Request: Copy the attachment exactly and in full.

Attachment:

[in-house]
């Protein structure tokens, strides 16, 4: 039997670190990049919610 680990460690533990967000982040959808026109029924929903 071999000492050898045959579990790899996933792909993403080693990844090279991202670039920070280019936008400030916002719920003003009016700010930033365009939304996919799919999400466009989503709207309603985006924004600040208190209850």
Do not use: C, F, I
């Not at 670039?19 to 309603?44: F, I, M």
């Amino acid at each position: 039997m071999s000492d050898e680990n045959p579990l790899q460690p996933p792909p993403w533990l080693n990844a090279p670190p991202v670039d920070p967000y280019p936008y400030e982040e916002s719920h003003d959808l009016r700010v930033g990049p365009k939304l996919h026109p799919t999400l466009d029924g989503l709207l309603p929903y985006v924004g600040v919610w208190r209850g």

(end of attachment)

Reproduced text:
[in-house]
């Protein structure tokens, strides 16, 4: 039997670190990049919610 680990460690533990967000982040959808026109029924929903 071999000492050898045959579990790899996933792909993403080693990844090279991202670039920070280019936008400030916002719920003003009016700010930033365009939304996919799919999400466009989503709207309603985006924004600040208190209850």
Do not use: C, F, I
């Not at 670039?19 to 309603?44: F, I, M």
């Amino acid at each position: 039997m071999s000492d050898e680990n045959p579990l790899q460690p996933p792909p993403w533990l080693n990844a090279p670190p991202v670039d920070p967000y280019p936008y400030e982040e916002s719920h003003d959808l009016r700010v930033g990049p365009k939304l996919h026109p799919t999400l466009d029924g989503l709207l309603p929903y985006v924004g600040v919610w208190r209850g």